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A Qualitative Study Exploring Patient, Family Carer and Healthcare Professionals' Direct Experiences and Barriers to Providing and Integrating Palliative Care for Advanced Head and Neck Cancer

Mayland, CR; Doughty, HC; Rogers, SN; Gola, A; Mason, S; Hubbert, C; Macareavy, D; (2020) A Qualitative Study Exploring Patient, Family Carer and Healthcare Professionals' Direct Experiences and Barriers to Providing and Integrating Palliative Care for Advanced Head and Neck Cancer. Journal of Palliative Care 10.1177/0825859720957817. (In press). Green open access

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Abstract

OBJECTIVES: To report on direct experiences from advanced head and neck cancer patients, family carers and healthcare professionals, and the barriers to integrating specialist palliative care. METHODS: Using a naturalistic, interpretative approach, within Northwest England, a purposive sample of adult head and neck cancer patients was selected. Their family carers were invited to participate. Healthcare professionals (representing head and neck surgery and specialist nursing; oncology; specialist palliative care; general practice and community nursing) were recruited. All participants underwent face-to-face or telephone interviews. A thematic approach, using a modified version of Colazzi's framework, was used to analyze the data. RESULTS: Seventeen interviews were conducted (9 patients, 4 joint with family carers and 8 healthcare professionals). Two main barriers were identified by healthcare professionals: "lack of consensus about timing of Specialist Palliative Care engagement" and "high stake decisions with uncertainty about treatment outcome." The main barrier identified by patients and family carers was "lack of preparedness when transitioning from curable to incurable disease." There were 2 overlapping themes from both groups: "uncertainty about meeting psychological needs" and "misconceptions of palliative care." CONCLUSIONS: Head and neck cancer has a less predictable disease trajectory, where complex decisions are made and treatment outcomes are less certain. Specific focus is needed to define the optimal way to initiate Specialist Palliative Care referrals which may differ from those used for the wider cancer population. Clearer ways to effectively communicate goals of care are required potentially involving collaboration between Specialist Palliative Care and the wider head and neck cancer team.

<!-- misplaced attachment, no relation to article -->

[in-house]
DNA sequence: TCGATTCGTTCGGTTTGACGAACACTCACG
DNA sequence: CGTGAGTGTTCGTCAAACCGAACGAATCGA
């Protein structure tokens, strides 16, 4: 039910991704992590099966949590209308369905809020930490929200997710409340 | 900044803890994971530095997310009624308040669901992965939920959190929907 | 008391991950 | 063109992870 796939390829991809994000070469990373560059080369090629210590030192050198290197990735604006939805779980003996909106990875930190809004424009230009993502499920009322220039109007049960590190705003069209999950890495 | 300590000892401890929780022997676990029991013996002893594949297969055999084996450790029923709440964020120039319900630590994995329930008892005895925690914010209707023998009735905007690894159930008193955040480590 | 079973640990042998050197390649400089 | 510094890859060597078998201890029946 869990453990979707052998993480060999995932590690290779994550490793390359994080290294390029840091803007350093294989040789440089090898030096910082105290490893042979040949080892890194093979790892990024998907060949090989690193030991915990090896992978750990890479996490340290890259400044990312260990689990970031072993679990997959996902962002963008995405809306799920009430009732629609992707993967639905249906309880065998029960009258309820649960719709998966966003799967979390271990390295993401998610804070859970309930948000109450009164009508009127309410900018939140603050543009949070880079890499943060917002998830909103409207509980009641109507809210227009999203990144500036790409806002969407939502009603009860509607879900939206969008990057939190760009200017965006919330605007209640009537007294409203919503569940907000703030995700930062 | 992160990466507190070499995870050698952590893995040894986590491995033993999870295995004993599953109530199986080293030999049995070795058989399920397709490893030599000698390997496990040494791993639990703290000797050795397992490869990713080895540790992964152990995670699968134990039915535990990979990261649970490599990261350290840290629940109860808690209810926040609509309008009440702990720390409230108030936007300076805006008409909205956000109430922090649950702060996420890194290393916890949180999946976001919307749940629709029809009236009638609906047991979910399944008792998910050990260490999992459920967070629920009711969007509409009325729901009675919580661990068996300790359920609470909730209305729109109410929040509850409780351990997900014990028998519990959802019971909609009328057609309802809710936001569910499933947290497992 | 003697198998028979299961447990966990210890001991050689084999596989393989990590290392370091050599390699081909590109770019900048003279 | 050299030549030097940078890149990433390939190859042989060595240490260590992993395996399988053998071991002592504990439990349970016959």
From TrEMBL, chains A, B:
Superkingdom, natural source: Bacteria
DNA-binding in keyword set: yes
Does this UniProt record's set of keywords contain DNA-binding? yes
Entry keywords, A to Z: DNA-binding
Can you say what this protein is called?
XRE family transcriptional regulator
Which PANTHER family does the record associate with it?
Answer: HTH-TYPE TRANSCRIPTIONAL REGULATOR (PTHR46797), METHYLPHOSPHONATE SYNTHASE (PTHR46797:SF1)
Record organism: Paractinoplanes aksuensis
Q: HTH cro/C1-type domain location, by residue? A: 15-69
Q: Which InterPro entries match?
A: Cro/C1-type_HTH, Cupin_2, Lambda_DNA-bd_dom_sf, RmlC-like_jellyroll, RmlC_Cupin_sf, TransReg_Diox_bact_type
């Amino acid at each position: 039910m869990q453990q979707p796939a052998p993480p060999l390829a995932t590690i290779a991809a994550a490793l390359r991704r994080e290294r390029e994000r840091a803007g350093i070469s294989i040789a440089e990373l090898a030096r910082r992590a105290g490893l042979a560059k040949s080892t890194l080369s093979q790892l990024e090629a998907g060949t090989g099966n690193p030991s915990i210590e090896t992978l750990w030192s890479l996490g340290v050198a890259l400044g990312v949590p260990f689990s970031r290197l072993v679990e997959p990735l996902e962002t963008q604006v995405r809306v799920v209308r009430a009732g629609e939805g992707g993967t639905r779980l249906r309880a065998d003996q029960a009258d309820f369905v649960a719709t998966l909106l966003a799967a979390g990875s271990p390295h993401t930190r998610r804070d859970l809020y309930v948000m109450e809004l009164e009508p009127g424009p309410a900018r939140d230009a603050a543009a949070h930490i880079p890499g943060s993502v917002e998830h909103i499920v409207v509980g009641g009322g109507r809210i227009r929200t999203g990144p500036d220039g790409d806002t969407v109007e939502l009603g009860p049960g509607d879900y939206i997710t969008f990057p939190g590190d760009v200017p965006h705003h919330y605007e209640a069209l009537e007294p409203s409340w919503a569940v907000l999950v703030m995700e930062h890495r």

Type: Article
Title: A Qualitative Study Exploring Patient, Family Carer and Healthcare Professionals' Direct Experiences and Barriers to Providing and Integrating Palliative Care for Advanced Head and Neck Cancer
Location: United States
Open access status: An open access version is available from UCL Discovery
DOI: 10.1177/0825859720957817
Publisher version: https://doi.org/10.1177/0825859720957817
Language: English
Additional information: This article is distributed under the terms of the Creative Commons Attribution 4.0 License (https://creativecommons.org/licenses/by/4.0/) which permits any use, reproduction and distribution of the work without further permission provided the original work is attributed as specified on the SAGE and Open Access pages (https://us.sagepub.com/en-us/nam/open-access-at-sage).
Keywords: end-of-life care, head and neck cancer, integrated care, palliative care, qualitative research
UCL classification: UCL
UCL > Provost and Vice Provost Offices > School of Life and Medical Sciences
UCL > Provost and Vice Provost Offices > School of Life and Medical Sciences > Faculty of Brain Sciences
UCL > Provost and Vice Provost Offices > School of Life and Medical Sciences > Faculty of Brain Sciences > Division of Psychiatry
URI: https://discovery.ucl.ac.uk/id/eprint/10110505
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